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What are the norms for declaring a question to be "off-topic" when it appears to relate to one of the categories outlined for on-topic questions and does not fall into the category of questions that are not allowed?

The question related to chemical solubility and precipitation in the following post was closed for being "off-topic." The question was asked by an apparent student of chemistry who sought to understand why the correct answer for the question was correct. The OP responded to questions that led to OP toward the answer and requests for additional input to improve the question.

Seeking clarification. Thank you.

How do you solve for precipitate for a salt?

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    $\begingroup$ Well, you have here exact example of what violates homework policy - main reason for closing as off topic. $\endgroup$ – Mithoron May 5 at 23:20
  • $\begingroup$ Thank you for the clarification. In this case, the person who asked the question provided the correct answer but expressed a lack of understanding of how the answer was obtained. My intent had been to convey understanding. $\endgroup$ – BalooRM May 5 at 23:32
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    $\begingroup$ Ah, you answered in comment. Oh, well, it's better to not answer such questions, but on the other hand this was getting dumb. Such a simple question and OP didn't get hints... In such cases they might have get angry on their own lack of understanding even with lots of hints. Generally better stay clear out of this. $\endgroup$ – Mithoron May 5 at 23:46
  • $\begingroup$ Thank you for the explanation. $\endgroup$ – BalooRM May 5 at 23:50
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This is less an answer to your question, but some context for others who might wonder where it comes from.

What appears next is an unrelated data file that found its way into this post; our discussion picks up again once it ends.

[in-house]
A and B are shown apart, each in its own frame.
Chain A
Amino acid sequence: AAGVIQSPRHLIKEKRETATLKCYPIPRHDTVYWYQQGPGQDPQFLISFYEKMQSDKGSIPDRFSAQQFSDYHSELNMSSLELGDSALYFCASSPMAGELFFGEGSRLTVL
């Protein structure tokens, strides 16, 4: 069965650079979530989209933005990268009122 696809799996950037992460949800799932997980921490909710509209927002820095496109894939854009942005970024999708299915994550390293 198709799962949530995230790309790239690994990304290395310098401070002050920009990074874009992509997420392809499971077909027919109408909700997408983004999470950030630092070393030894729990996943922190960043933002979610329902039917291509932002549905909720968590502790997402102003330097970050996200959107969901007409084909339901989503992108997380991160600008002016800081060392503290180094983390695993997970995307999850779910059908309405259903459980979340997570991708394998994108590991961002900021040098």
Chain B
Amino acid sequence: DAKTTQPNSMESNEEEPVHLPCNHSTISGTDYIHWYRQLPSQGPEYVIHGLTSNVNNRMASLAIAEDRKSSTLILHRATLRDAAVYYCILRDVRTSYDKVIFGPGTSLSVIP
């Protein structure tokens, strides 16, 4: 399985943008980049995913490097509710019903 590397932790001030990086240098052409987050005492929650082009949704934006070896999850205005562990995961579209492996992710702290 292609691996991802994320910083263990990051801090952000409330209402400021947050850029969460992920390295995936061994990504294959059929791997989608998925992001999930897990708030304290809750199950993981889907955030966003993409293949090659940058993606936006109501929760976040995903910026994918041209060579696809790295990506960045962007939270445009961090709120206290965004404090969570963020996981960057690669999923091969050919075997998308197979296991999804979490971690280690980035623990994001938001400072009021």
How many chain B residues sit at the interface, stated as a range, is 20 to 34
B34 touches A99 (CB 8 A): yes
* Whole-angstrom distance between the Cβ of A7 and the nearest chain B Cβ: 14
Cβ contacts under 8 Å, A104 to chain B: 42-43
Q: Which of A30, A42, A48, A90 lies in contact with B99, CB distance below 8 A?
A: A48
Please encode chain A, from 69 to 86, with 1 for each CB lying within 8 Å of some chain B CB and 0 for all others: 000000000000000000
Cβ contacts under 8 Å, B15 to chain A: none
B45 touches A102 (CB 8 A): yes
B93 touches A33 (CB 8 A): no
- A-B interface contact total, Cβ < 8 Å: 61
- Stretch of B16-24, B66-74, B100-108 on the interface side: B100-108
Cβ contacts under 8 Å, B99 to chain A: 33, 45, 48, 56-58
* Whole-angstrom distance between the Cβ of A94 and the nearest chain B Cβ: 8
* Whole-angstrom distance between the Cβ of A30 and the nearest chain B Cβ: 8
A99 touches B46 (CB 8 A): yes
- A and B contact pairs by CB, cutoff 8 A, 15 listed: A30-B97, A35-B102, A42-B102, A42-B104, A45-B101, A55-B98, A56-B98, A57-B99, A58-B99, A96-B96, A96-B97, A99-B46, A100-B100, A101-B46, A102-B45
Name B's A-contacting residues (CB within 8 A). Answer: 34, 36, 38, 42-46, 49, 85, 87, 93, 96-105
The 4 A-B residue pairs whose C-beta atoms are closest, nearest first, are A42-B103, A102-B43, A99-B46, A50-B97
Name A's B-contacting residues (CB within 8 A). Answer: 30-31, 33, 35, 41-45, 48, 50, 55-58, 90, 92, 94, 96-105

If you do not have the close and reopen privilege (> 3000 reputation), which is probably rather hard to obtain, you do not see the reason, why the question was closed:

closed question blurb for low reputation users

On the other hand, if you do have that privilege, you see the reason:

closed question blurb for high reputation users

I think this was a dumb design choice, because it is not obvious, why a question is closed. Our regular close voters should keep that in mind, and perhaps link to the homework policy a little more frequently.

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    $\begingroup$ Okay that is really, incredibly, extremely, stupid. I did not know that. :/ $\endgroup$ – orthocresol May 6 at 14:13
  • $\begingroup$ @orthocresol No idea when they made that change... I'm not really following mommy's meta, so that was a surprise for me, too. $\endgroup$ – Martin - マーチン May 6 at 15:21
  • $\begingroup$ @Martin-マーチン It looks like the different messages can be customized academia.meta.stackexchange.com/questions/4710/… $\endgroup$ – Tyberius May 7 at 14:43
  • $\begingroup$ @tyberius we'll look into it, thanks. $\endgroup$ – Martin - マーチン May 7 at 14:51
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It's not about whether the question is "dumb", "simple" or not. The point is, we just ask people to include some of their thoughts on how they approached the question, inside the question text itself. This question didn't (you can probably tell that they tried something, but exactly what they tried is still a mystery), so it got closed.

[Despite a couple of attempts at changing it, there are several reasons why this rule has stuck around for ages. I won't go through them all over again here, but you can find more information by searching for the "homework policy" on meta.]

It's fine if they respond to prompts in the comments, but such information should always be edited back into the question at the end of the day. The question text is meant to stay forever; comments aren't, because they're frequently pruned.

If the question is edited such that it does follow the above guidelines, then it can be reopened. Closure is never final, perhaps except for cases which are incredibly off-topic.

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